© Reuters. On November 19, 2021, people await the Kyle Rittenhouse’s verdict outside the Kenosha County Courthouse in Kenosha, Wisconsin, USA. REUTERS/Brendan McDermid
Author: Joseph Aix
(Reuters)-Kyle Rittenhouse (Kyle Rittenhouse) was acquitted of murder on Friday, opening up another frontier for the United States’ long-standing fight over gun rights: Is it okay for teenagers to carry assault rifles in protests? accept?
Conservatives praised Rittenhouse as a hero because he shot and killed two demonstrators and wounded a third of them during a racial justice protest in Kenosha, Wisconsin. He said he was in a racial justice protest last year. Attacked him during the event.
Gun control advocates have warned that the jury’s verdict may spark a new wave of armed vigilance, after Rittenhouse carried an AR-15 rifle from his home in Illinois in August 2020. Head to Kenosha, after the police shot and killed a black man, which triggered a demonstration. , Jacob Black.
In the United States, guns have long been a powerful political issue. In the United States, lax laws have led to the highest civilian gun ownership rates in the world. Mass shootings are even rarer in other wealthy countries and have plagued this country for decades.
When Rittenhouse was 17 years old, he decided to walk the streets of Kenosha in the name of protecting private property from mobs. This made people particularly worried about how far gun rights should extend.
A senior official of the gun safety organization Giffords said in a statement: “As the tragic incident that occurred that August night demonstrated, a 17-year-old young man armed himself with AR-15, no one is safer.” “Today’s sentence sends a disturbing message that will encourage further lynching violence and murder.”
Supporters of gun rights organizations and Rittenhouse celebrated this result as a major victory.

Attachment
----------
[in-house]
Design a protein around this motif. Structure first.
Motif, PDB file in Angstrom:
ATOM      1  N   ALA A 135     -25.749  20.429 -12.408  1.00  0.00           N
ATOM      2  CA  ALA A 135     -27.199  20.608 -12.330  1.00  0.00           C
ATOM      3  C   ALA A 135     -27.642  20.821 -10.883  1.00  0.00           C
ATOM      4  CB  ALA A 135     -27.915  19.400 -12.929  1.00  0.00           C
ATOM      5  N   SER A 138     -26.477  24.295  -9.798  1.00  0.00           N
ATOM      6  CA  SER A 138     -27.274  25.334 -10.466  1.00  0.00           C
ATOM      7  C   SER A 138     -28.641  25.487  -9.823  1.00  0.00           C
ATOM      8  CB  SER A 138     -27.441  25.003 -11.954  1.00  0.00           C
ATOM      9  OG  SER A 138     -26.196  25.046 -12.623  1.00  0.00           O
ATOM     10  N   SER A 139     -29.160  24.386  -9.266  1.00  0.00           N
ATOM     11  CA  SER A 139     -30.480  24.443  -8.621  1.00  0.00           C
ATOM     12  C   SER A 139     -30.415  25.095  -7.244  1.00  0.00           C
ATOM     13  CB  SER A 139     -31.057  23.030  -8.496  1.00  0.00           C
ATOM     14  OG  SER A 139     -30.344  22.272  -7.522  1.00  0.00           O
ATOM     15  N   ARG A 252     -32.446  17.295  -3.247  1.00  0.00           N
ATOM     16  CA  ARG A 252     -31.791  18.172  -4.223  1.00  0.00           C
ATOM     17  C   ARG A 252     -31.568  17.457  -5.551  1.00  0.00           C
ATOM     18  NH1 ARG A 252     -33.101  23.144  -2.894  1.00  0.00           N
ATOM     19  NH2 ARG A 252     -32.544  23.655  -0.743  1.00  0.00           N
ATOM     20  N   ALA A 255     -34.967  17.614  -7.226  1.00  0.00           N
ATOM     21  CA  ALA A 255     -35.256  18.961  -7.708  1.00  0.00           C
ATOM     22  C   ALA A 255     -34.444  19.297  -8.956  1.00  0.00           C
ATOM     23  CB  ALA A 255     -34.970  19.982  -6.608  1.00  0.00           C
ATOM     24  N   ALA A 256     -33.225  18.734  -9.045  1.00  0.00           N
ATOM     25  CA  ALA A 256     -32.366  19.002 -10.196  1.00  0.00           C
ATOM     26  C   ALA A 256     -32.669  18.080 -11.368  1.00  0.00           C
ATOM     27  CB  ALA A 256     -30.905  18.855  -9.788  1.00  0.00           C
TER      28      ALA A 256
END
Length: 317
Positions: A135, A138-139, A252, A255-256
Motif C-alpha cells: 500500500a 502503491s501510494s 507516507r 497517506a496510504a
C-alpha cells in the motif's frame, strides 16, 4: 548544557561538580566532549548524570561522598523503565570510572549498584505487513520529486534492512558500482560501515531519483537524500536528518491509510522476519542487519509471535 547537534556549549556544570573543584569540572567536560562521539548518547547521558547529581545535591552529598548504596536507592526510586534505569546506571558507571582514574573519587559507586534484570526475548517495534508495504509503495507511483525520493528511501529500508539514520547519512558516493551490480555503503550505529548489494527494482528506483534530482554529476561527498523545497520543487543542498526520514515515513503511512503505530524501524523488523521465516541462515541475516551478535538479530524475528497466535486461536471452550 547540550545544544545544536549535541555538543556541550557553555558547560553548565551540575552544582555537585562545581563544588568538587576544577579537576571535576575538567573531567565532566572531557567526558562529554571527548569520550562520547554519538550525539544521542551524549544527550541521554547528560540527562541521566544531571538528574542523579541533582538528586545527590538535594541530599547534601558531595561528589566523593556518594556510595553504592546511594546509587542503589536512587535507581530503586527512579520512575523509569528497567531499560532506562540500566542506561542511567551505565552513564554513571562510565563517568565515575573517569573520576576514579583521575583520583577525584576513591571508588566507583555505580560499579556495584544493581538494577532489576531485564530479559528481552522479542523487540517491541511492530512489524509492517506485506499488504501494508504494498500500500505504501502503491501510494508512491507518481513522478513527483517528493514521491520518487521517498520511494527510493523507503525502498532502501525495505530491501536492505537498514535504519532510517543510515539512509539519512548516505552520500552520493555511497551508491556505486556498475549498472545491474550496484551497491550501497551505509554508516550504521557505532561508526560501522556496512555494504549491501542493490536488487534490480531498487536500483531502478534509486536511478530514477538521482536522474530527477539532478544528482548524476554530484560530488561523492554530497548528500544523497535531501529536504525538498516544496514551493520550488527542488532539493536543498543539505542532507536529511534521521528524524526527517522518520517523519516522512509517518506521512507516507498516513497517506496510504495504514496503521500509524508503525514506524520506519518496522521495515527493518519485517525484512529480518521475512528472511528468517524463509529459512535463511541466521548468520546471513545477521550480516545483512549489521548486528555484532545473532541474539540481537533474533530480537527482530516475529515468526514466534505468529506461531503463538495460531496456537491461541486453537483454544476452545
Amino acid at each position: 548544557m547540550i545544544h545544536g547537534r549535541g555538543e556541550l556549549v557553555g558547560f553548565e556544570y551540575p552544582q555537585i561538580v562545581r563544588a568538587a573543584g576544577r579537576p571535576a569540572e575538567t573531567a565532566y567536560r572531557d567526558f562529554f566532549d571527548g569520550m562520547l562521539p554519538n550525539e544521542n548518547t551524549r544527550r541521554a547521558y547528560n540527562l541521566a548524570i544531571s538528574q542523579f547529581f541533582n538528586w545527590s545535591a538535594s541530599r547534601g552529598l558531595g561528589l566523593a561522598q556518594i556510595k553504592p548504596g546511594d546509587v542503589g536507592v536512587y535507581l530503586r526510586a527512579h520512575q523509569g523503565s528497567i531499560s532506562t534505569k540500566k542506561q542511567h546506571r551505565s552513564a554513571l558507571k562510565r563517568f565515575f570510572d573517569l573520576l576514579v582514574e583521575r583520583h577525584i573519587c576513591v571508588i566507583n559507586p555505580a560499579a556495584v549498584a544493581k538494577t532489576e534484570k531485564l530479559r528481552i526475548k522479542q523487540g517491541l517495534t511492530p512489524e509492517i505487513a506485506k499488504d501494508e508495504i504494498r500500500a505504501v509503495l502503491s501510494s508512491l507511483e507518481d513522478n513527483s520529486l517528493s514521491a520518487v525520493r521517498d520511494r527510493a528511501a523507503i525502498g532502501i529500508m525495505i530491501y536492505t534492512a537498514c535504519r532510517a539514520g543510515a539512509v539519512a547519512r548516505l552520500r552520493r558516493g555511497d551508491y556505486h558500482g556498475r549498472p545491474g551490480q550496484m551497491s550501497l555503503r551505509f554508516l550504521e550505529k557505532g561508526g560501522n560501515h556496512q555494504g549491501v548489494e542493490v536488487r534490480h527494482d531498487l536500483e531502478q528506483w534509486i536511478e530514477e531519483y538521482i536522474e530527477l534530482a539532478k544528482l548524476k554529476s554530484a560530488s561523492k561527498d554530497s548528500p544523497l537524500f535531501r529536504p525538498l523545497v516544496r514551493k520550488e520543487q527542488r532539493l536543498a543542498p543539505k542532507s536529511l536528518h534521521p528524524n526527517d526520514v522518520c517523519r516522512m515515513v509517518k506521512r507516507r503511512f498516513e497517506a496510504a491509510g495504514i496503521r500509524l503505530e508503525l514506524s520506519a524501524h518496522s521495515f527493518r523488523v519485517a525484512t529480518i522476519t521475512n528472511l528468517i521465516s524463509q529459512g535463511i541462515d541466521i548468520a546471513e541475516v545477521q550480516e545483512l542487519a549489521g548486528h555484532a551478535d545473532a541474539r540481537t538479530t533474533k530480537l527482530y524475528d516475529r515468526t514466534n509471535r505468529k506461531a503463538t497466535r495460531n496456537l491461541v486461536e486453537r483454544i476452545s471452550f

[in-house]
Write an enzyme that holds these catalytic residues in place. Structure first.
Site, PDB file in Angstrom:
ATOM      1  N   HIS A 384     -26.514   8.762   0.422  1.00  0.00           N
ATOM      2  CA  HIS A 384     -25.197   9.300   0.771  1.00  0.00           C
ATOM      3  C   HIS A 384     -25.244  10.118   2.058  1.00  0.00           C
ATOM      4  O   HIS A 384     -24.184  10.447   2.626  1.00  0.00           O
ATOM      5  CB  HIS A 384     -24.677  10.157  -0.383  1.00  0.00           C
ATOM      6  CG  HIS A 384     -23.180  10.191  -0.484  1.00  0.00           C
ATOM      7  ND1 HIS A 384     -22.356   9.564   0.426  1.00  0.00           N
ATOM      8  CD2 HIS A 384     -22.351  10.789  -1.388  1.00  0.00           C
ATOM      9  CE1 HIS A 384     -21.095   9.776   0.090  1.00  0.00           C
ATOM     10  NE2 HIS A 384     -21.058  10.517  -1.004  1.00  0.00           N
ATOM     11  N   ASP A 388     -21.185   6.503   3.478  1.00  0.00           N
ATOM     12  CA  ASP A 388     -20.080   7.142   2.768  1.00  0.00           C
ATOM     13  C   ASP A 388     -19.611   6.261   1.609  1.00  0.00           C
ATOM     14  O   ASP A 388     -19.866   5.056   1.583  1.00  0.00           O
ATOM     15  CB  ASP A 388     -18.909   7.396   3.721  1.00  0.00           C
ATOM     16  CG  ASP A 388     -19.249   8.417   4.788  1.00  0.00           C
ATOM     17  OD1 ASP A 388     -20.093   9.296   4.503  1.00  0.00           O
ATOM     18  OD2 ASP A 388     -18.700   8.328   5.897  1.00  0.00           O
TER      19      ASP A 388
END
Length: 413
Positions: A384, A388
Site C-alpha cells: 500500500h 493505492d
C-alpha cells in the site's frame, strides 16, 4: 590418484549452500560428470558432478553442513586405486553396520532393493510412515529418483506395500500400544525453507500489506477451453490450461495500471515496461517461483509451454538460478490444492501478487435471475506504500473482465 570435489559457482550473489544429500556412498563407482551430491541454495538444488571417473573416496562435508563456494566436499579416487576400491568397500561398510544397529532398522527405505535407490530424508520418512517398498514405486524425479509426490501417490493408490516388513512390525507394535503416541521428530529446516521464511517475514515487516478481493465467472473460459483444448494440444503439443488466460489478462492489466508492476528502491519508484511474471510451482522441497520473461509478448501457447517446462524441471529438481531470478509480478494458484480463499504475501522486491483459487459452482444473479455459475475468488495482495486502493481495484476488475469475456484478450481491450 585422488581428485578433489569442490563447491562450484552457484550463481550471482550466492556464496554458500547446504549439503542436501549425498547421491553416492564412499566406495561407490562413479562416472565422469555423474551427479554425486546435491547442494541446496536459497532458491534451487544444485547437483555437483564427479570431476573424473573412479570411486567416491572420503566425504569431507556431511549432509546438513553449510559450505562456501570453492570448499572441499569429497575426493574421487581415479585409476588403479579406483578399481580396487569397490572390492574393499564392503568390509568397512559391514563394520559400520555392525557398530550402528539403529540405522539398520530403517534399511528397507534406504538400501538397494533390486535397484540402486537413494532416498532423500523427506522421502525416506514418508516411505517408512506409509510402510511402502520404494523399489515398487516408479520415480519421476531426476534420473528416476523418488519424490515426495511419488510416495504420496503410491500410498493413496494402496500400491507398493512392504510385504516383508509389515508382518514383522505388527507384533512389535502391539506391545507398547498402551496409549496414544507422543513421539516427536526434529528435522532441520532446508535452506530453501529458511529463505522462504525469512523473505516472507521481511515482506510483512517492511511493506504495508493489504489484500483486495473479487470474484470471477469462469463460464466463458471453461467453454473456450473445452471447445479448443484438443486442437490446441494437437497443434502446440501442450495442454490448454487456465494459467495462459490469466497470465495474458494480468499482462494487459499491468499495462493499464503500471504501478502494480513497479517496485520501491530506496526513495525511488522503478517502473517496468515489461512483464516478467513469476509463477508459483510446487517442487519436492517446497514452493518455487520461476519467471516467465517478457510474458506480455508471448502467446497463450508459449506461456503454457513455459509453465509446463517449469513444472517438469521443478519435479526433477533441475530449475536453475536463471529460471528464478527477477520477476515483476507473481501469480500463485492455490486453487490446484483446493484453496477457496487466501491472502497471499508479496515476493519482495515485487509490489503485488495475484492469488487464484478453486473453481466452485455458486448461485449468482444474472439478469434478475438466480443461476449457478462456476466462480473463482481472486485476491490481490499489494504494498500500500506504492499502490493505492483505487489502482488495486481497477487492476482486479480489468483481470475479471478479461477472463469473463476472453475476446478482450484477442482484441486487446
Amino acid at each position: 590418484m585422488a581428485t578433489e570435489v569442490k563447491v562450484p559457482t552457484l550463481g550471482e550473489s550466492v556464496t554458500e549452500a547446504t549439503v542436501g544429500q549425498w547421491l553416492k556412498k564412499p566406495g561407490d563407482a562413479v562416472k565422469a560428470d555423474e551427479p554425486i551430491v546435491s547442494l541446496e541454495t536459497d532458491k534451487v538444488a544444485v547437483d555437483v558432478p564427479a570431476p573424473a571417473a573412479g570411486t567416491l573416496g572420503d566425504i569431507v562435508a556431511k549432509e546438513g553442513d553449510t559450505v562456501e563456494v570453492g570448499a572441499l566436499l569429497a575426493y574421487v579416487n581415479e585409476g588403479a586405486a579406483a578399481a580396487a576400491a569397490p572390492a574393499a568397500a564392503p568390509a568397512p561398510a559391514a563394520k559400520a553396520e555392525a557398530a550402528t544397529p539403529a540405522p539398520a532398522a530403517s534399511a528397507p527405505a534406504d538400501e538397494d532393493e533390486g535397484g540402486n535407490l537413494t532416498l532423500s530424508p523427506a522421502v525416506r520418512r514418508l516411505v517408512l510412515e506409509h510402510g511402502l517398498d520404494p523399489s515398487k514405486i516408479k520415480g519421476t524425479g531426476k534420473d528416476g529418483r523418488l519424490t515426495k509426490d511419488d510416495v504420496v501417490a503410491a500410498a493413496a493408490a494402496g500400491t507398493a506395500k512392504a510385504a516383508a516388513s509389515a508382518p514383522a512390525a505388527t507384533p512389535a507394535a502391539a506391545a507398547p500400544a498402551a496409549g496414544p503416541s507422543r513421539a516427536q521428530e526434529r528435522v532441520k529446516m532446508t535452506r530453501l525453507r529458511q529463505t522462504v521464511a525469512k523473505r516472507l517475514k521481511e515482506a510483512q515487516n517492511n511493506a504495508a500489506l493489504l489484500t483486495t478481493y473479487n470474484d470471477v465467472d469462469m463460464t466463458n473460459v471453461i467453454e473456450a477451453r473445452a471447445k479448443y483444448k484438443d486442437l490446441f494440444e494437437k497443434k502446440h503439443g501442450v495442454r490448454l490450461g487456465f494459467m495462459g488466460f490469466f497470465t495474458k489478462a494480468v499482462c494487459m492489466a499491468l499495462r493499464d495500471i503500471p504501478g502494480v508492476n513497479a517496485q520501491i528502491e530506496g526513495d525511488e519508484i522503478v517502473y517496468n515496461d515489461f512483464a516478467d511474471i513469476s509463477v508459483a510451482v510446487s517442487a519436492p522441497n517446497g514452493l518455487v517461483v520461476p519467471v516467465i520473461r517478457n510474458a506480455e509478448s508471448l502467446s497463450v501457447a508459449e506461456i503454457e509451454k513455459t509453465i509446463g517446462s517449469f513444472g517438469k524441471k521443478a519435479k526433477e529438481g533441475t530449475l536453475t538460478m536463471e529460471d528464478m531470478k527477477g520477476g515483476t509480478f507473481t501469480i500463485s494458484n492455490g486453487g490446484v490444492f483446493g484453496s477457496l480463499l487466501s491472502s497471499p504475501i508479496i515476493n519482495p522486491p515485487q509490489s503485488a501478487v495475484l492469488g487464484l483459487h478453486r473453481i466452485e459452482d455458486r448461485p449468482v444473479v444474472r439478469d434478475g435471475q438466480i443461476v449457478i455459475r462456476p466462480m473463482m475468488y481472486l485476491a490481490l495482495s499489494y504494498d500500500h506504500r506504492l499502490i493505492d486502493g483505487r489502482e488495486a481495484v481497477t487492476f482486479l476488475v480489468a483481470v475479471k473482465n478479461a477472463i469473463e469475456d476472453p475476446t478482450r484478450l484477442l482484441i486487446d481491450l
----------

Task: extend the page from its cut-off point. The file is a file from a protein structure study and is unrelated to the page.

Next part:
Within a few minutes after the verdict, the National Rifle Association published the language of the Second Amendment to the U.S. Constitution on Twitter (NYSE:): “A well-regulated militia has the right to retain the security of a free country and the people. And carrying weapons must not be violated.”
Brandon Lesco, he stood outside the Kenosha court with a “Free Kyle!” signature in his hand, saying that the verdict was fair.
“Someone needs to be there to defend American towns that people are trying to burn. I respect him for being there, I respect him for carrying a weapon, he uses it correctly, and he uses it legally. The jurors agree,” Lesco said.
Earlier this week, the trial judge dismissed the misdemeanor charge that Rittenhouse illegally possessed the rifle he used in the shooting on the grounds that the law was ambiguous.
The Liberal Party’s condemnation of Rittenhouse’s acquittal further proves the existence of racial prejudice in the criminal justice system. Rittenhouse, like the man he shot, was white.
“A white male youth can cross state boundaries, hold an assault rifle, engage in armed confrontation, resulting in multiple deaths without having to bear criminal responsibility. This is a familiar result in a country where systemic racism continues to corrupt the system. Huang Mag, president and CEO of the Southern Poverty Law Center, said in a statement.
Some legal experts are careful to distinguish the specific facts of the Rittenhouse case from the broader information they might send.
Former Wisconsin Supreme Court Judge Janine Geske said that prosecutors must convince jurors that Rittenhouse did not reasonably worry about his safety when he was fired. This is a high threshold. According to state law, he was allowed to carry weapons in public.
But Geske said she was worried that the trial would teach the wrong lesson: “When you go out to protest or counter-protest, it’s okay to carry a loaded weapon to’protect yourself’. When you have two people holding guns, who will we face? Substantial issues to defend yourself?”
This sentiment was echoed by John Huber, the parent of Karen Bloom and Anthony Huber, who was killed by Rittenhouse One of the people.
They said in a statement: “It sends an unacceptable message that armed civilians can appear in any town, incite violence, and then use the danger they create to justify shooting in the street.”